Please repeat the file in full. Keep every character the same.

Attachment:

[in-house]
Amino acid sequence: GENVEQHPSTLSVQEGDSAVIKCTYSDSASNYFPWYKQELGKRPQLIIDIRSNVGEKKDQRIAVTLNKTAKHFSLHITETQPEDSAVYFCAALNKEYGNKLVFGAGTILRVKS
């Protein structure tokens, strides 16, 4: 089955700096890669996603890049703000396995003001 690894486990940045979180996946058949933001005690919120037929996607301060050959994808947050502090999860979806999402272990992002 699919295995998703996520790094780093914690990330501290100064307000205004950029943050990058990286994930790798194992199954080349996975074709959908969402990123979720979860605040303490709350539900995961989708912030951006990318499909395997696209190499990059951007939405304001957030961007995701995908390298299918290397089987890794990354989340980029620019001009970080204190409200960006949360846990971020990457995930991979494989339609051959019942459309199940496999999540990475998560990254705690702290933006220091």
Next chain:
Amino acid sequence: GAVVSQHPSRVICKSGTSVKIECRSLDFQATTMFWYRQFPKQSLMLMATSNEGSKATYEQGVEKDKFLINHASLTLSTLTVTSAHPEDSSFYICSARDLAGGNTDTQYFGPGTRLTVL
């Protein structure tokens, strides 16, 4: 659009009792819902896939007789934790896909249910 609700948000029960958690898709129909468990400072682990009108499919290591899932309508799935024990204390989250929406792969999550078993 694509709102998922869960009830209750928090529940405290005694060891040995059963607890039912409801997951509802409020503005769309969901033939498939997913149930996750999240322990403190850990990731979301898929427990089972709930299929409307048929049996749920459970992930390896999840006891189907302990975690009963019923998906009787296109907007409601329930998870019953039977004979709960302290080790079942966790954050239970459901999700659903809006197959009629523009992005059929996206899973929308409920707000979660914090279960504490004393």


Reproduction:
[in-house]
Amino acid sequence: GENVEQHPSTLSVQEGDSAVIKCTYSDSASNYFPWYKQELGKRPQLIIDIRSNVGEKKDQRIAVTLNKTAKHFSLHITETQPEDSAVYFCAALNKEYGNKLVFGAGTILRVKS
């Protein structure tokens, strides 16, 4: 089955700096890669996603890049703000396995003001 690894486990940045979180996946058949933001005690919120037929996607301060050959994808947050502090999860979806999402272990992002 699919295995998703996520790094780093914690990330501290100064307000205004950029943050990058990286994930790798194992199954080349996975074709959908969402990123979720979860605040303490709350539900995961989708912030951006990318499909395997696209190499990059951007939405304001957030961007995701995908390298299918290397089987890794990354989340980029620019001009970080204190409200960006949360846990971020990457995930991979494989339609051959019942459309199940496999999540990475998560990254705690702290933006220091």
Next chain:
Amino acid sequence: GAVVSQHPSRVICKSGTSVKIECRSLDFQATTMFWYRQFPKQSLMLMATSNEGSKATYEQGVEKDKFLINHASLTLSTLTVTSAHPEDSSFYICSARDLAGGNTDTQYFGPGTRLTVL
């Protein structure tokens, strides 16, 4: 659009009792819902896939007789934790896909249910 609700948000029960958690898709129909468990400072682990009108499919290591899932309508799935024990204390989250929406792969999550078993 694509709102998922869960009830209750928090529940405290005694060891040995059963607890039912409801997951509802409020503005769309969901033939498939997913149930996750999240322990403190850990990731979301898929427990089972709930299929409307048929049996749920459970992930390896999840006891189907302990975690009963019923998906009787296109907007409601329930998870019953039977004979709960302290080790079942966790954050239970459901999700659903809006197959009629523009992005059929996206899973929308409920707000979660914090279960504490004393």